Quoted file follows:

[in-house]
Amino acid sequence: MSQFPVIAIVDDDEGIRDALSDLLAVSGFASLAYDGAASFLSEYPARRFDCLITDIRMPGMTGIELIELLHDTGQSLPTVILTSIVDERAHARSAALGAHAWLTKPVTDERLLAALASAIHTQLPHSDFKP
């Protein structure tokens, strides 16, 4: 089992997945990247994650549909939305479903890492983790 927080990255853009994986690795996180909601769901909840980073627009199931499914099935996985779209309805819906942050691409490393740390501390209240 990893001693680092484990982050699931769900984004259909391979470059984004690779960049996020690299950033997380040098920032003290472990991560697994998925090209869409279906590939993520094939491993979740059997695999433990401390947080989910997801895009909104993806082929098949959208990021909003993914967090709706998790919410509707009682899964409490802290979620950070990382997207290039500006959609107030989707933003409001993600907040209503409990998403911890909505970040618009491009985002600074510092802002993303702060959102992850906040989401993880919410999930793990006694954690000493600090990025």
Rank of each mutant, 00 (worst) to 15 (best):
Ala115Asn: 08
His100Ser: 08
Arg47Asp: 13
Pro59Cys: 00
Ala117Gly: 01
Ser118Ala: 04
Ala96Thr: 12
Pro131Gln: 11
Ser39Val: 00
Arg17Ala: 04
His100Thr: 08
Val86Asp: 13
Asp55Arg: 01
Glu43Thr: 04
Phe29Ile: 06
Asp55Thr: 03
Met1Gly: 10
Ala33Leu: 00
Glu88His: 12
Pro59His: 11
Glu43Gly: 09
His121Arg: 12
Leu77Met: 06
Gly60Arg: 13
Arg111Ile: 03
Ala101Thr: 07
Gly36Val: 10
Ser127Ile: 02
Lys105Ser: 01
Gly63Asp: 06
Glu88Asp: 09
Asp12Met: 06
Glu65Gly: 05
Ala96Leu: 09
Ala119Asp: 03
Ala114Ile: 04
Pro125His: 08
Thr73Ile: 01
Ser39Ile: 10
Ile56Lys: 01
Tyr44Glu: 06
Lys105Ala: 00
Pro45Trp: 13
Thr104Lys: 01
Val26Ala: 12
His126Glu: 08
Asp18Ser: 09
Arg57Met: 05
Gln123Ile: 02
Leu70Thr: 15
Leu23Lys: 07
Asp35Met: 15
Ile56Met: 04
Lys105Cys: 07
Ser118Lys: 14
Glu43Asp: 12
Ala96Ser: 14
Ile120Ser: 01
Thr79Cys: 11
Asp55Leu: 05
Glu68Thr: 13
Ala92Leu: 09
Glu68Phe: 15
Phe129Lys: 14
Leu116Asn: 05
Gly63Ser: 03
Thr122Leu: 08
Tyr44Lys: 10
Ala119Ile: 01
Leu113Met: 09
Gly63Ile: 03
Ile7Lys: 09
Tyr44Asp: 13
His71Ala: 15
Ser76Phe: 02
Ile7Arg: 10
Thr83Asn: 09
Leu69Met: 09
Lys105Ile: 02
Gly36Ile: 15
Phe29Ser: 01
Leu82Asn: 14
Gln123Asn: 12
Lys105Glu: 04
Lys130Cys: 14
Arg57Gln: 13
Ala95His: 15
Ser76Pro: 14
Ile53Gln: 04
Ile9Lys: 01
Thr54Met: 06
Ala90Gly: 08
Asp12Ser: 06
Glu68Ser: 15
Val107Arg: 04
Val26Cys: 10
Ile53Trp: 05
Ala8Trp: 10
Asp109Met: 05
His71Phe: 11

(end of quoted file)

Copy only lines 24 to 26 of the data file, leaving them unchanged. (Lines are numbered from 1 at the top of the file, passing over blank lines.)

Pro59His: 11
Glu43Gly: 09
His121Arg: 12